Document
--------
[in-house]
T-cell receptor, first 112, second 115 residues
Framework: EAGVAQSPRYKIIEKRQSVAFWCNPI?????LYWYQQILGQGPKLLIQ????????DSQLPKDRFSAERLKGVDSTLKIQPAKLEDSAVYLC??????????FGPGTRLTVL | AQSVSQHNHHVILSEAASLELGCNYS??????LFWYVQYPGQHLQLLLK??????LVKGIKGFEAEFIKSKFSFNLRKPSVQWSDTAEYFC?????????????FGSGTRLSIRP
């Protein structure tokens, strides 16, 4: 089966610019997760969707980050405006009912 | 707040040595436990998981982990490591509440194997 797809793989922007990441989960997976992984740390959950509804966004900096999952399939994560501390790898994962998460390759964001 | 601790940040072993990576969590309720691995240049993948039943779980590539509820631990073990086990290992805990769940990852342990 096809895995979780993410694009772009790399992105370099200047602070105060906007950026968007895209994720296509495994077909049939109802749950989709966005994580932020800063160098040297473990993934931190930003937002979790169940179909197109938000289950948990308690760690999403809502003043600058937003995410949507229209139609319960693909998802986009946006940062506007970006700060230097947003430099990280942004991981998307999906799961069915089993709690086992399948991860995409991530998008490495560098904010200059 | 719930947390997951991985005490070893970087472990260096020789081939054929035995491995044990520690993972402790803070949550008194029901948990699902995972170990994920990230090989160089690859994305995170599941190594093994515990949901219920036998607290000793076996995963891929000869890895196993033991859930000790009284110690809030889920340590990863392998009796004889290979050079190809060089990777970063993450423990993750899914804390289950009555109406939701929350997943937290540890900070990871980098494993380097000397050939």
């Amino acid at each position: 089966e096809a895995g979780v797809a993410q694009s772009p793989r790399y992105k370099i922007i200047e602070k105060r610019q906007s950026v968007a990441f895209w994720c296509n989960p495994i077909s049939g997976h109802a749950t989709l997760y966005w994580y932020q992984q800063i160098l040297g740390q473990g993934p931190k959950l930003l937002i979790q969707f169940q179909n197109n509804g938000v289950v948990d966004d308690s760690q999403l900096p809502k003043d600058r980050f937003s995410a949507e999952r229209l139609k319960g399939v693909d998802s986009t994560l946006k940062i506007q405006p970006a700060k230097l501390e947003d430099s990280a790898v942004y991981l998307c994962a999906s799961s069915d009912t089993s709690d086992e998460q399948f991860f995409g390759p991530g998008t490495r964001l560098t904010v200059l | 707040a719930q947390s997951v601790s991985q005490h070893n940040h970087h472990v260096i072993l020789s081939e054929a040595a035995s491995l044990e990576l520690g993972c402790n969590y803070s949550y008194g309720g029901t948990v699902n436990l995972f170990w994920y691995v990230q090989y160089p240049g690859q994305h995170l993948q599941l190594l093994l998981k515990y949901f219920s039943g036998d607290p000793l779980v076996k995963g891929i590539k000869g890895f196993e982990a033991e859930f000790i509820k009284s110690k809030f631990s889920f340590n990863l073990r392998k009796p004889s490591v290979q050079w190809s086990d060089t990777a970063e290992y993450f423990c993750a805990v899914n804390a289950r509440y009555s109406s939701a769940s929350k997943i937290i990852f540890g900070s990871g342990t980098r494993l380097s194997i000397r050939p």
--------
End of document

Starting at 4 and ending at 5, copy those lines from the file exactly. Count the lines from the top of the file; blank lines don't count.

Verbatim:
């Protein structure tokens, strides 16, 4: 089966610019997760969707980050405006009912 | 707040040595436990998981982990490591509440194997 797809793989922007990441989960997976992984740390959950509804966004900096999952399939994560501390790898994962998460390759964001 | 601790940040072993990576969590309720691995240049993948039943779980590539509820631990073990086990290992805990769940990852342990 096809895995979780993410694009772009790399992105370099200047602070105060906007950026968007895209994720296509495994077909049939109802749950989709966005994580932020800063160098040297473990993934931190930003937002979790169940179909197109938000289950948990308690760690999403809502003043600058937003995410949507229209139609319960693909998802986009946006940062506007970006700060230097947003430099990280942004991981998307999906799961069915089993709690086992399948991860995409991530998008490495560098904010200059 | 719930947390997951991985005490070893970087472990260096020789081939054929035995491995044990520690993972402790803070949550008194029901948990699902995972170990994920990230090989160089690859994305995170599941190594093994515990949901219920036998607290000793076996995963891929000869890895196993033991859930000790009284110690809030889920340590990863392998009796004889290979050079190809060089990777970063993450423990993750899914804390289950009555109406939701929350997943937290540890900070990871980098494993380097000397050939």
């Amino acid at each position: 089966e096809a895995g979780v797809a993410q694009s772009p793989r790399y992105k370099i922007i200047e602070k105060r610019q906007s950026v968007a990441f895209w994720c296509n989960p495994i077909s049939g997976h109802a749950t989709l997760y966005w994580y932020q992984q800063i160098l040297g740390q473990g993934p931190k959950l930003l937002i979790q969707f169940q179909n197109n509804g938000v289950v948990d966004d308690s760690q999403l900096p809502k003043d600058r980050f937003s995410a949507e999952r229209l139609k319960g399939v693909d998802s986009t994560l946006k940062i506007q405006p970006a700060k230097l501390e947003d430099s990280a790898v942004y991981l998307c994962a999906s799961s069915d009912t089993s709690d086992e998460q399948f991860f995409g390759p991530g998008t490495r964001l560098t904010v200059l | 707040a719930q947390s997951v601790s991985q005490h070893n940040h970087h472990v260096i072993l020789s081939e054929a040595a035995s491995l044990e990576l520690g993972c402790n969590y803070s949550y008194g309720g029901t948990v699902n436990l995972f170990w994920y691995v990230q090989y160089p240049g690859q994305h995170l993948q599941l190594l093994l998981k515990y949901f219920s039943g036998d607290p000793l779980v076996k995963g891929i590539k000869g890895f196993e982990a033991e859930f000790i509820k009284s110690k809030f631990s889920f340590n990863l073990r392998k009796p004889s490591v290979q050079w190809s086990d060089t990777a970063e290992y993450f423990c993750a805990v899914n804390a289950r509440y009555s109406s939701a769940s929350k997943i937290i990852f540890g900070s990871g342990t980098r494993l380097s194997i000397r050939p």